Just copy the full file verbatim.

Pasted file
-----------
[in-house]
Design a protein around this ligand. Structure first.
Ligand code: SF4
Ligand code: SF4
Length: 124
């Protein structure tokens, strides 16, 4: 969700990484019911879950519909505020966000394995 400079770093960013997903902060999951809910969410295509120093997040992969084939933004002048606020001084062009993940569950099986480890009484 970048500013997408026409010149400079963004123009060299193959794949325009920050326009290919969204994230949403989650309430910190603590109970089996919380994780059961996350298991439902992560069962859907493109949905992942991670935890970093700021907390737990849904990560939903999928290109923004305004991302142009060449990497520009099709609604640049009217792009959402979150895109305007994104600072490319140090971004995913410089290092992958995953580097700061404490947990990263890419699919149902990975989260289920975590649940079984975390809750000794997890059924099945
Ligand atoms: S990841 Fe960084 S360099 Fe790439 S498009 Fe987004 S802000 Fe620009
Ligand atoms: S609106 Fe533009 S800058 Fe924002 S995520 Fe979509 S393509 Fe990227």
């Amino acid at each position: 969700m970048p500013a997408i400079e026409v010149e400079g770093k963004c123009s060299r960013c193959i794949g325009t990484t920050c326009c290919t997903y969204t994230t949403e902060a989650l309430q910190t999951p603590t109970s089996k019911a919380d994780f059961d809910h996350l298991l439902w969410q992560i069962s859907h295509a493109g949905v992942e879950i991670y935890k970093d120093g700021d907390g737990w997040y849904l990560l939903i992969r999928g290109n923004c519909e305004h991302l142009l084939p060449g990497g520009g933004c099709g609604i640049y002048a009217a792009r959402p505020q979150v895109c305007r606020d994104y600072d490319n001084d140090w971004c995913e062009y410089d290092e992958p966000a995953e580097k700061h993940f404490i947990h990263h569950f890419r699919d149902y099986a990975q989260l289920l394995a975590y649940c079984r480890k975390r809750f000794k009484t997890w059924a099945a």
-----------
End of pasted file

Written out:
[in-house]
Design a protein around this ligand. Structure first.
Ligand code: SF4
Ligand code: SF4
Length: 124
């Protein structure tokens, strides 16, 4: 969700990484019911879950519909505020966000394995 400079770093960013997903902060999951809910969410295509120093997040992969084939933004002048606020001084062009993940569950099986480890009484 970048500013997408026409010149400079963004123009060299193959794949325009920050326009290919969204994230949403989650309430910190603590109970089996919380994780059961996350298991439902992560069962859907493109949905992942991670935890970093700021907390737990849904990560939903999928290109923004305004991302142009060449990497520009099709609604640049009217792009959402979150895109305007994104600072490319140090971004995913410089290092992958995953580097700061404490947990990263890419699919149902990975989260289920975590649940079984975390809750000794997890059924099945
Ligand atoms: S990841 Fe960084 S360099 Fe790439 S498009 Fe987004 S802000 Fe620009
Ligand atoms: S609106 Fe533009 S800058 Fe924002 S995520 Fe979509 S393509 Fe990227």
């Amino acid at each position: 969700m970048p500013a997408i400079e026409v010149e400079g770093k963004c123009s060299r960013c193959i794949g325009t990484t920050c326009c290919t997903y969204t994230t949403e902060a989650l309430q910190t999951p603590t109970s089996k019911a919380d994780f059961d809910h996350l298991l439902w969410q992560i069962s859907h295509a493109g949905v992942e879950i991670y935890k970093d120093g700021d907390g737990w997040y849904l990560l939903i992969r999928g290109n923004c519909e305004h991302l142009l084939p060449g990497g520009g933004c099709g609604i640049y002048a009217a792009r959402p505020q979150v895109c305007r606020d994104y600072d490319n001084d140090w971004c995913e062009y410089d290092e992958p966000a995953e580097k700061h993940f404490i947990h990263h569950f890419r699919d149902y099986a990975q989260l289920l394995a975590y649940c079984r480890k975390r809750f000794k009484t997890w059924a099945a």